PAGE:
A2: A-REI.A: Understand solving equations as a process of reasoning and explain the reasoning.

A2: A-REI.A.1: Explain each step in solving an equation as following from the equality of numbers asserted at the previous step, starting from the assumption that the original equation has a solution. Construct a viable argument to justify a solution method.

 Modeling One-Step Equations
 Modeling and Solving Two-Step Equations
 Solving Algebraic Equations II
 Solving Equations on the Number Line
 Solving Two-Step Equations

A2: A-REI.A.2: Solve simple rational and radical equations in one variable, and give examples showing how extraneous solutions may arise.

 Radical Functions

A2: A-REI.B: Solve equations and inequalities in one variable.

A2: A-REI.B.4: Solve quadratic equations in one variable.

A2: A-REI.B.4.b: Solve quadratic equations by inspection (e.g., for x² = 49), taking square roots, completing the square, the quadratic formula and factoring, as appropriate to the initial form of the equation. Recognize when the quadratic formula gives complex solutions and write them as a ± bi for real numbers a and b.

 Modeling the Factorization of x2+bx+c
 Points in the Complex Plane
 Roots of a Quadratic

A2: A-REI.C: Solve systems of equations.

A2: A-REI.C.6: Solve systems of linear equations exactly and approximately (e.g., with graphs), limited to systems of at most three equations and three variables. With graphic solutions, systems are limited to two variables.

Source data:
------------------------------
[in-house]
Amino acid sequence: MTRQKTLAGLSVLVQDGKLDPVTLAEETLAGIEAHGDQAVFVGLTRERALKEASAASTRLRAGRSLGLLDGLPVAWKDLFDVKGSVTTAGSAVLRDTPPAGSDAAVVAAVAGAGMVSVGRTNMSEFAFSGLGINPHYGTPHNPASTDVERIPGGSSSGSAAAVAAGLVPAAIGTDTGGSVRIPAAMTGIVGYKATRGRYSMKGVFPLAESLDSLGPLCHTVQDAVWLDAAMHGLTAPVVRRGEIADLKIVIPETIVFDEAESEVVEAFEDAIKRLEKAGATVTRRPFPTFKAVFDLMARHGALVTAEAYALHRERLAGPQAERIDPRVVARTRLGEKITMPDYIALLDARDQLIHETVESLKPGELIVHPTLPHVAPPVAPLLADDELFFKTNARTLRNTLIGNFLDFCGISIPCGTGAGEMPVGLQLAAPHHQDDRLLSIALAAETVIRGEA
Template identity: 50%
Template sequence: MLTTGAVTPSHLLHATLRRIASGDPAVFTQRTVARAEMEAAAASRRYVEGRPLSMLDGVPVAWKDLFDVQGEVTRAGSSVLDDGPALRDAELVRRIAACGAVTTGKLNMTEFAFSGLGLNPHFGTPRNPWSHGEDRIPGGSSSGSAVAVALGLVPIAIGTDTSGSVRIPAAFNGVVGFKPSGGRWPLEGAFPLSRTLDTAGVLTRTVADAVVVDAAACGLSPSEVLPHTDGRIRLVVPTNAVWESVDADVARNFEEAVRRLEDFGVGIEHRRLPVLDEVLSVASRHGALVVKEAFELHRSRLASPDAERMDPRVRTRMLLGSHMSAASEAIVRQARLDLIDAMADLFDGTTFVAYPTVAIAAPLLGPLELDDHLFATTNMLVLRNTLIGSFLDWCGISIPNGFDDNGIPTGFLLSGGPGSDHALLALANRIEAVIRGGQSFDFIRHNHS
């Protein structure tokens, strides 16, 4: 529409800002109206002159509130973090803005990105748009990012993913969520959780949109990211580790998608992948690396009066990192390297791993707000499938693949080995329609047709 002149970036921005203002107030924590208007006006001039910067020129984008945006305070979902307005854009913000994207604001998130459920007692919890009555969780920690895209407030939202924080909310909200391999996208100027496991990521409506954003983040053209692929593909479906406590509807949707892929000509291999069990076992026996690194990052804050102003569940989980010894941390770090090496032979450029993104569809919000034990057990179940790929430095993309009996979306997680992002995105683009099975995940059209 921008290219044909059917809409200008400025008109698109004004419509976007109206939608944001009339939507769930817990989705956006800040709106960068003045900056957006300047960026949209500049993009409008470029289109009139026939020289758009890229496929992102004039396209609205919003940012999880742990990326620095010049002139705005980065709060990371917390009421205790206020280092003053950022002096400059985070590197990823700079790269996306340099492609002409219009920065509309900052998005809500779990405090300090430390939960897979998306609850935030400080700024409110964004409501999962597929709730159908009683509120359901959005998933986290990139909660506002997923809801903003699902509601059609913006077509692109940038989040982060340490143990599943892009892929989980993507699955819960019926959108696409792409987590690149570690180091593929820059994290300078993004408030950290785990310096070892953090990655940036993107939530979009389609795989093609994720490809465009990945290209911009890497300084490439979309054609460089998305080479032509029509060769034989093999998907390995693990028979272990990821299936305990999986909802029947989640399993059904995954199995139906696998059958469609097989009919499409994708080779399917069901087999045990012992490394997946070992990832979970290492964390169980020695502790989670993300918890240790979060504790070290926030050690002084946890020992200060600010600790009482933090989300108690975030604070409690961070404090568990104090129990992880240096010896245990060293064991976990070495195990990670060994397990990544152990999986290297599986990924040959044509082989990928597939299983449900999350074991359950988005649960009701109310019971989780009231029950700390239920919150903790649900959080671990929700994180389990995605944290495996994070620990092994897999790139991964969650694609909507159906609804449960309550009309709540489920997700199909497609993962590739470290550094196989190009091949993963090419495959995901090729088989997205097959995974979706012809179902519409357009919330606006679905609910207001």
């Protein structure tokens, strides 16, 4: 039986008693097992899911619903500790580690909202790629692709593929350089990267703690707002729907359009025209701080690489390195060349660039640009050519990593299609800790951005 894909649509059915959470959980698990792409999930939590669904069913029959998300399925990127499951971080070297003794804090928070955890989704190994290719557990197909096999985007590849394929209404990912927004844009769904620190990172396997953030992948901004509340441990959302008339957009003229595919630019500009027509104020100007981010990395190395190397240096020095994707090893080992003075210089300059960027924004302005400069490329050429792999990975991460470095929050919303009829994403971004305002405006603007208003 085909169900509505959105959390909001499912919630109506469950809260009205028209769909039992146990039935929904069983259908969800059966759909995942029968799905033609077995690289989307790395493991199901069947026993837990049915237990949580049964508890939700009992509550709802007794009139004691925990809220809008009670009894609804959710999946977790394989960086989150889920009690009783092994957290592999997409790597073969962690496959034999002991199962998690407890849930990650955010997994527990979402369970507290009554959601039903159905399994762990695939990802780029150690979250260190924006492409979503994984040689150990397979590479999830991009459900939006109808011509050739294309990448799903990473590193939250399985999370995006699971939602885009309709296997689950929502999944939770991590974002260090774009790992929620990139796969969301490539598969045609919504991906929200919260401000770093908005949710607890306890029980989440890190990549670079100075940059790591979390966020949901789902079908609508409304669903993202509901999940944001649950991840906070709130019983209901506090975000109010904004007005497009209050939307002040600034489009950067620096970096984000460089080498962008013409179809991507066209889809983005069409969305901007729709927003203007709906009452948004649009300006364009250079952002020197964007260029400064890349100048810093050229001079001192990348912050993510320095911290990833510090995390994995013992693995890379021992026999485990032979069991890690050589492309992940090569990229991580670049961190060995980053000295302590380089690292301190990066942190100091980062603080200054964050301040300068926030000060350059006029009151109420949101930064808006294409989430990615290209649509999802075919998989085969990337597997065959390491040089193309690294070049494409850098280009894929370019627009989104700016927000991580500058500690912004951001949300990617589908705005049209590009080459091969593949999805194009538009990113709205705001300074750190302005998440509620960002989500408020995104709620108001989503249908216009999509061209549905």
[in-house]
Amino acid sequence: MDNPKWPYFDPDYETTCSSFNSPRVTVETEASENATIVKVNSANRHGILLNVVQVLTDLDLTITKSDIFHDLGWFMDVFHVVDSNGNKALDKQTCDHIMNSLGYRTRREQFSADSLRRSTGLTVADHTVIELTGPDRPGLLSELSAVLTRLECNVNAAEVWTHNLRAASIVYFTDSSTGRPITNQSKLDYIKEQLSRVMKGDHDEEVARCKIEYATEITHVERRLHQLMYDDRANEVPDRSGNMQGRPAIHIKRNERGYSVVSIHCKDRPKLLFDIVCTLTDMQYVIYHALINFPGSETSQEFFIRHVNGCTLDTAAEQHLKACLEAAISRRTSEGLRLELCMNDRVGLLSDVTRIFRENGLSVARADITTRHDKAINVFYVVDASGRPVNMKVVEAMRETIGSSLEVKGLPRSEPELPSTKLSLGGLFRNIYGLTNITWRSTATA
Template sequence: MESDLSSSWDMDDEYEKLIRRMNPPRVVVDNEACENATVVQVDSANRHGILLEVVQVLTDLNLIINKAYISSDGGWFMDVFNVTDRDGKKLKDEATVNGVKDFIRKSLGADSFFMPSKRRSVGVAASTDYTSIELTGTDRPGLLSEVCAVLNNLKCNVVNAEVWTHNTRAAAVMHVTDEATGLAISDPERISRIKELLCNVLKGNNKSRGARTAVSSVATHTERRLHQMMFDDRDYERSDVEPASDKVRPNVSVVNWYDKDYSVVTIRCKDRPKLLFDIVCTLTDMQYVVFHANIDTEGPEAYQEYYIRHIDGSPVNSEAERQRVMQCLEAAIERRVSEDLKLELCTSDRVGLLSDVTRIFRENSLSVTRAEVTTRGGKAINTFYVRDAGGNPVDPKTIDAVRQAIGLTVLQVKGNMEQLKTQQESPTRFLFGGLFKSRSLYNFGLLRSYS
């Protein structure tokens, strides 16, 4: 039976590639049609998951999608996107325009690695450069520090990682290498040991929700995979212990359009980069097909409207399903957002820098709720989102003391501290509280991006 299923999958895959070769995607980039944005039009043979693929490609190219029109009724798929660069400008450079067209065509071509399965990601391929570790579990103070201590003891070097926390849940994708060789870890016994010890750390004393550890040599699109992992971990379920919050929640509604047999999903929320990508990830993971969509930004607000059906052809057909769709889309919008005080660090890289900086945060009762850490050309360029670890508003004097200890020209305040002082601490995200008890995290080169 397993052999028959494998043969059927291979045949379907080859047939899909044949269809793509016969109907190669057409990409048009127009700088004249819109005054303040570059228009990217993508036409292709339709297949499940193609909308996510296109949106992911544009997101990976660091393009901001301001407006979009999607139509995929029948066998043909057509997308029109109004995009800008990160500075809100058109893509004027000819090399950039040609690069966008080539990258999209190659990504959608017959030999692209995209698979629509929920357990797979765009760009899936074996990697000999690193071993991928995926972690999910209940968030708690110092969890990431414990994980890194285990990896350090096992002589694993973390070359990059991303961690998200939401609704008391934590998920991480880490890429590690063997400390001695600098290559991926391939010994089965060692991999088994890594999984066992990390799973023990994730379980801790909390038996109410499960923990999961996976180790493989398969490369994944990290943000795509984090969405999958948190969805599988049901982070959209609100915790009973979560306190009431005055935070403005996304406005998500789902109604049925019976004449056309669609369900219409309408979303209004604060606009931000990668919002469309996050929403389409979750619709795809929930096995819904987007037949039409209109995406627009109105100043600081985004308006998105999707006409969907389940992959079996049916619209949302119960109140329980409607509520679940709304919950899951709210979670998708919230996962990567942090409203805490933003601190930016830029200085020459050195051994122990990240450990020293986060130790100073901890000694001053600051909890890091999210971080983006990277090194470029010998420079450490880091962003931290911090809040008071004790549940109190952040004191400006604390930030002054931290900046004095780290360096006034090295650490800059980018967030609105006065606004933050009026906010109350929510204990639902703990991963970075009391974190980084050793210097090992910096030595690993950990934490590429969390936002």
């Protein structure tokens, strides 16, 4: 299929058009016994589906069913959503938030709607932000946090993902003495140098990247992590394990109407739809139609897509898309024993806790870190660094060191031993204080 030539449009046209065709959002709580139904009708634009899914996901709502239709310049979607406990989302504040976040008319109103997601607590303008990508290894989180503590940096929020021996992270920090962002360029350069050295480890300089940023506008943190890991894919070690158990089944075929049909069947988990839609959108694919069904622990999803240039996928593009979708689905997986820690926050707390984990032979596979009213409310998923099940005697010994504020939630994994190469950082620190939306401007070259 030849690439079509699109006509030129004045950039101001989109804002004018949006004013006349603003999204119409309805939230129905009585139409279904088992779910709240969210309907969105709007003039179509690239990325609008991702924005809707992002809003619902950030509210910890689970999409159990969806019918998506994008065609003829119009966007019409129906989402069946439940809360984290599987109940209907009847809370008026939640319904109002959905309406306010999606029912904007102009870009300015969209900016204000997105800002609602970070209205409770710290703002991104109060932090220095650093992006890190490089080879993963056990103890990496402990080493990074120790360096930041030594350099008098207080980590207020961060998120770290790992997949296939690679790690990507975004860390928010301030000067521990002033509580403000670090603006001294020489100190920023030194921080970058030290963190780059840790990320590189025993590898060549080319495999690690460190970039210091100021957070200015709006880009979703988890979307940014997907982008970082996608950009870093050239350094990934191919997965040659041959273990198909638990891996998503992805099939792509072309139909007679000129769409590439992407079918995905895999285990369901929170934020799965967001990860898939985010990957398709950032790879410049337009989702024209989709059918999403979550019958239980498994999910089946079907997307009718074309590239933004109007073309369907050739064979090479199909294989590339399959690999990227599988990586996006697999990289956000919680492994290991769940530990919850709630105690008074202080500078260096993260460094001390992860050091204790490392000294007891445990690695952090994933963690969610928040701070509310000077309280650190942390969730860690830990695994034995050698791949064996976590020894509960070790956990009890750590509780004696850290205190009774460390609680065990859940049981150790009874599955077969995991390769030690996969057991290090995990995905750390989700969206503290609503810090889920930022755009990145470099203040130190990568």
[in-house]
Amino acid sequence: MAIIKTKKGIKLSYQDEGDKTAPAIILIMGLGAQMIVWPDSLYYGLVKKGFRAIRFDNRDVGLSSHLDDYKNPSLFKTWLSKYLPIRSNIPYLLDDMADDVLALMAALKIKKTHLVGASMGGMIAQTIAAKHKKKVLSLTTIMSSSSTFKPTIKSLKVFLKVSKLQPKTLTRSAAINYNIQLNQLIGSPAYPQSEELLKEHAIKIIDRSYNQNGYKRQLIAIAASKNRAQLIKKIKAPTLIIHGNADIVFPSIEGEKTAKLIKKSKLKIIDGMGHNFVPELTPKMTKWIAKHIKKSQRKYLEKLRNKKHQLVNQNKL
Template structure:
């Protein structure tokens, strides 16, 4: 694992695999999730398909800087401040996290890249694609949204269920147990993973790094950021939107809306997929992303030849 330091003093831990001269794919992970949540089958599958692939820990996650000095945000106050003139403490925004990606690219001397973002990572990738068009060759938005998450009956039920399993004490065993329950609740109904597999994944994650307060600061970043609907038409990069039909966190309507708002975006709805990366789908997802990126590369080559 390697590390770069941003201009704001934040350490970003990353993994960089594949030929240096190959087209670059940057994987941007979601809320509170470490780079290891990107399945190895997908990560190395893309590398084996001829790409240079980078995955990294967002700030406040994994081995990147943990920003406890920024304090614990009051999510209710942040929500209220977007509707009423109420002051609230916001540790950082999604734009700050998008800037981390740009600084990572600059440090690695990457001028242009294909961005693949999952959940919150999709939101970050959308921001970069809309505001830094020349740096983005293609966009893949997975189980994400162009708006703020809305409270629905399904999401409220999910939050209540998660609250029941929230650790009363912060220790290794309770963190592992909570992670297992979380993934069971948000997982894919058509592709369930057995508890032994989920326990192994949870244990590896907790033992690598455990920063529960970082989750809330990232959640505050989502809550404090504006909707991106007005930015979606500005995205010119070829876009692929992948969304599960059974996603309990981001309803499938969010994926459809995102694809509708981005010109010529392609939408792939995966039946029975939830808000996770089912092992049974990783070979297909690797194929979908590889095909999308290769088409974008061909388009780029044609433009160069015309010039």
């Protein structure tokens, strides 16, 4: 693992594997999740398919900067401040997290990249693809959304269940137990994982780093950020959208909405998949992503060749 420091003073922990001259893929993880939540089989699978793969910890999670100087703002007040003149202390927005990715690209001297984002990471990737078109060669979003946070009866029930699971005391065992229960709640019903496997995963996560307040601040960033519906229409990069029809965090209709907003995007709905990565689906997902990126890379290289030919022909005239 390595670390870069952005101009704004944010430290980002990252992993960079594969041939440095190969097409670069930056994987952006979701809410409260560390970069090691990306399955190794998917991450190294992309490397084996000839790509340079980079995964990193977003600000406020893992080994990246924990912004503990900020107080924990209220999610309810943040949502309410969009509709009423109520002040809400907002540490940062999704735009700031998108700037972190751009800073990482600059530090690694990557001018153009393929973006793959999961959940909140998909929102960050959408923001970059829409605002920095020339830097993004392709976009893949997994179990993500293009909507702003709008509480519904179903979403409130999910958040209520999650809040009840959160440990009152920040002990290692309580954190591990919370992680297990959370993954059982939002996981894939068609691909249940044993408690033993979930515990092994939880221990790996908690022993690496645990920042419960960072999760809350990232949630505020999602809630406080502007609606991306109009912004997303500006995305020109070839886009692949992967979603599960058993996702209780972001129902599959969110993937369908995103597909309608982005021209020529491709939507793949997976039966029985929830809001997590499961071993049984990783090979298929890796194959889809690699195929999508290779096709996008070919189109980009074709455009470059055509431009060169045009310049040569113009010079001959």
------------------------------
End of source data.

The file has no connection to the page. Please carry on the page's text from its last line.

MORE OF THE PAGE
Cat and Mouse (Modeling with Linear Systems)
 Solving Equations by Graphing Each Side
 Solving Linear Systems (Matrices and Special Solutions)
 Solving Linear Systems (Slope-Intercept Form)
 Solving Linear Systems (Standard Form)

A2: A-REI.D: Represent and solve equations and inequalities graphically.

A2: A-REI.D.11: Explain why the x-coordinates of the points where the graphs of the equations y = f(x) and y = g(x) intersect are the solutions of the equation f(x) = g(x); find the solutions approximately, e.g., using technology to graph the functions, make tables of values, or find successive approximations. Include cases where f(x) and/or g(x) are linear, polynomial, rational, absolute value, exponential, and logarithmic functions.

 Cat and Mouse (Modeling with Linear Systems)
 Point-Slope Form of a Line
 Solving Equations by Graphing Each Side
 Solving Linear Systems (Matrices and Special Solutions)
 Solving Linear Systems (Slope-Intercept Form)
 Standard Form of a Line

A2: F: Functions

A2: F-IF: Interpreting Functions

A2: F-IF.B: Interpret functions that arise in applications in terms of the context.